Medieval City & Monastery

We had landed at Geraki by accident while searching for a parking for the night. But the historic castle and city was a great experience. Afterwards we drove through the mountains again and visited the Monastery of Elona in the Defnon valley.

Incredible frescos at Geraki 

We had parked directly at the gate of Geraki castle for the night, which was a bit of a challenge, as the parking was quite uneven. The next morning, the gates were opened and we could visit the archaeological site. The nice lady who was in charge opened the churches for us and gave us some explanation on the frescos.
Medieval city of Geraki

The castle of Geraki was once one of the most important Frankish castles of the Peloponnese, but the remains must have been in bad shape. During the last years it had been slightly renovated and gives now a good impression of how this Frankish castle and town once have looked like. At three churches the frescos had been restored and are very colourful again.

The Barony of Geraki was established 1209, after the conquest of the Peloponnese by the Crusaders. It had six knight’s fiefs attached to it and was given to French Guy of Nivelet, who built the fortress of Geraki.
Churches being opened for us
Walls of the castle, overlooking a vast area
Beautiful entrance to one of the churches
Column at the medieval church
Restored fresco showing Jesus in front of the cross
Small entrance to the church 
View down to modern Geraki
Parking for the night
Driving up into the mountains again

We had stopped at Kosmas, a village in the mountains, for lunch at this restaurant.  As usual, the main road leads directly through the centre of the village, past the church and its surrounding restaurants.
As also trucks have to take this route, we assumed that we will fit through as well, but sometimes it just feels too narrow, especially with oncoming traffic.

Heather in flower

On our descent into the spectacular Dafnon valley, we stopped at the monastery of Elona, which seams to be clued to the rock.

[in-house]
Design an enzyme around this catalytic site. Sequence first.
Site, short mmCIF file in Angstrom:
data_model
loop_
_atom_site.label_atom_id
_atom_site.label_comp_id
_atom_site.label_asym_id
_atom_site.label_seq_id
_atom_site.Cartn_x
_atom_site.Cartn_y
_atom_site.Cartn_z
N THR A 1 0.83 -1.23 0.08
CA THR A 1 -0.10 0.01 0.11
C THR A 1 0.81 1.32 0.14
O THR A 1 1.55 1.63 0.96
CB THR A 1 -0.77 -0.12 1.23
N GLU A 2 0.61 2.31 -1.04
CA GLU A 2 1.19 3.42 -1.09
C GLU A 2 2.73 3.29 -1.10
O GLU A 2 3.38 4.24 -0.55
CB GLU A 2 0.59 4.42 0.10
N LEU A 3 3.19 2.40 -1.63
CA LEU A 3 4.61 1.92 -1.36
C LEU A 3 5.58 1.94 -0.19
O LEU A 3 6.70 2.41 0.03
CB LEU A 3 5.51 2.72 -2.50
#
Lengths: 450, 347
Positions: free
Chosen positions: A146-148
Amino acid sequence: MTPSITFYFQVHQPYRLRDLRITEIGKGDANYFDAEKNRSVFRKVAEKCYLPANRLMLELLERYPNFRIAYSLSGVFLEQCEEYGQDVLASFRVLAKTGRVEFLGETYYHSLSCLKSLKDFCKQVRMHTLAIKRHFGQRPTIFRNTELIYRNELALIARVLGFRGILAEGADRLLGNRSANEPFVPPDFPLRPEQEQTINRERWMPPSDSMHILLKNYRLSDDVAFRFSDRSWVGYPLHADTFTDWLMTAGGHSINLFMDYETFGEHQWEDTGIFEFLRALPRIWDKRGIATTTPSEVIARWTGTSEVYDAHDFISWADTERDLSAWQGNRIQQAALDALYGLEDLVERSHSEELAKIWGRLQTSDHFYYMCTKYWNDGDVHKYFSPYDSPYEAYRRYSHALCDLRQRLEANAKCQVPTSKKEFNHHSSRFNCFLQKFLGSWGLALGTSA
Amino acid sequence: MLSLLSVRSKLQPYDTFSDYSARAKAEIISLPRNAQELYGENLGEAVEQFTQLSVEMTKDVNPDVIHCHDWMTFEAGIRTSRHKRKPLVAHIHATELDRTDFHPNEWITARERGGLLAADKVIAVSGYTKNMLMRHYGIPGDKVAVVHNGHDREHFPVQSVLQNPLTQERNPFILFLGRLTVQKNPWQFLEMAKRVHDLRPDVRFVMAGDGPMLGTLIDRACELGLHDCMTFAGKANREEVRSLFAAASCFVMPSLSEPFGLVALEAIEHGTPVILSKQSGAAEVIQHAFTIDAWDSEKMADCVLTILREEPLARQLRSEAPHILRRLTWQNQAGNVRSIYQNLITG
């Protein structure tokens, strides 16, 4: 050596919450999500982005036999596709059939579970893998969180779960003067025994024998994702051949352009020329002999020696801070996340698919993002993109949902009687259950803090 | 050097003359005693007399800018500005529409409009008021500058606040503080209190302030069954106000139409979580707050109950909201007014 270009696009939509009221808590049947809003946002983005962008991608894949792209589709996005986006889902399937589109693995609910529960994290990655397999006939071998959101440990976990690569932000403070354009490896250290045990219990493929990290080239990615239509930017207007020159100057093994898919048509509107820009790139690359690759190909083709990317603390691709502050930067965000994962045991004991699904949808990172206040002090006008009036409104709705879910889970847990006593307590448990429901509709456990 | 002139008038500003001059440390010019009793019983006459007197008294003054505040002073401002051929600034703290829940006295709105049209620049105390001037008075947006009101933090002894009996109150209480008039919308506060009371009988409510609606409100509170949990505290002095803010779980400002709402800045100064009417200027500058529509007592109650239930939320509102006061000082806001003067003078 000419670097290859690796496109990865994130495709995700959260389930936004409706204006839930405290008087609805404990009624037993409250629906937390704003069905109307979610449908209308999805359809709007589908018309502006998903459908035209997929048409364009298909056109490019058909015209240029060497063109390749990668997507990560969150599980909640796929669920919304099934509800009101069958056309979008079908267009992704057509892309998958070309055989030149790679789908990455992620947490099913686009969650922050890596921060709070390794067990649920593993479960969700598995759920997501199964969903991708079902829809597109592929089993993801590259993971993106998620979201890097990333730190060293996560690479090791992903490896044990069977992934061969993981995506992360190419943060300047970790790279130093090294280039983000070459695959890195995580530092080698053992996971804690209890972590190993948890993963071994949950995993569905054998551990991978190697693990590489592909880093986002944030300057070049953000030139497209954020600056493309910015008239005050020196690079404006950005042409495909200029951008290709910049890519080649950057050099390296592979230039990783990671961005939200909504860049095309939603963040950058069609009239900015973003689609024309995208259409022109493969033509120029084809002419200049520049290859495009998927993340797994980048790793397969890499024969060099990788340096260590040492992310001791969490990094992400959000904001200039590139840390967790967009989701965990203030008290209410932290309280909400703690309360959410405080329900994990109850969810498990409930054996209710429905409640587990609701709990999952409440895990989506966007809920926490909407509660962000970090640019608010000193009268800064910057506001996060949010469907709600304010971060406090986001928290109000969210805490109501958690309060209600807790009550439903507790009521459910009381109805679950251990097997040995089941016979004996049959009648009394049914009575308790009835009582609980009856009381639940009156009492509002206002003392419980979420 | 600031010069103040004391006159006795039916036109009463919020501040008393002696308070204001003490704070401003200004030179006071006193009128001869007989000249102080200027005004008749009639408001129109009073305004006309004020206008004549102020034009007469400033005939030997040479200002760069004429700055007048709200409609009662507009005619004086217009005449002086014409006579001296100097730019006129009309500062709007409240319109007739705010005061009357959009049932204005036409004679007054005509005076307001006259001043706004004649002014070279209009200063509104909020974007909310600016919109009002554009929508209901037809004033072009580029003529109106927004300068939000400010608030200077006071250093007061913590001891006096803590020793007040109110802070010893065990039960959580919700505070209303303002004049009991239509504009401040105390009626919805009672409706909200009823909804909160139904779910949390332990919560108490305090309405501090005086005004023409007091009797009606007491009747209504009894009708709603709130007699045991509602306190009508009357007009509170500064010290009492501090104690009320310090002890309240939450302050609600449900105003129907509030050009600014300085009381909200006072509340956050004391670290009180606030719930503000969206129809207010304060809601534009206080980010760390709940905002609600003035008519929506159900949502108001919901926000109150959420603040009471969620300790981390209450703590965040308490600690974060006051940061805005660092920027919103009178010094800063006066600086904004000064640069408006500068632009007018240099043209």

Roadside chapel
Monastery church
Monastery of Elona built into the cliff

The history of the monastery begins in 1300. Shepherds saw a light in an inaccessible part of the cliff. This light, according to the legend, emanated from an oil lamp lit in front of an icon of St. Panagia. The bishop commissioned two hermits from the area to settle at the site, where they then built a small monastery with two cells. The present buildings are from the beginning of the 19th century and the nunnery is inhabited by 4 nuns. In 2006 the historic icon of the Panagia was stolen but could be retrieved by the police. The original icon is only presented during the consecration festival in August.

View from the valley at Elona monastery

In front of the entrance to the monastery 2 nice ladies sold honey, nuts, mountain tee, soap, pickled onions and much more. We managed to leave with a big bag of walnuts, some sweets, a jar of honey and a bag of mountain tee, which we got as a present!

Many kinds of honey to choose from
Driving down the Defnon valley
Beautiful goats blocking the road
Road through the valley
Finally, we reached the coast at Leonidi

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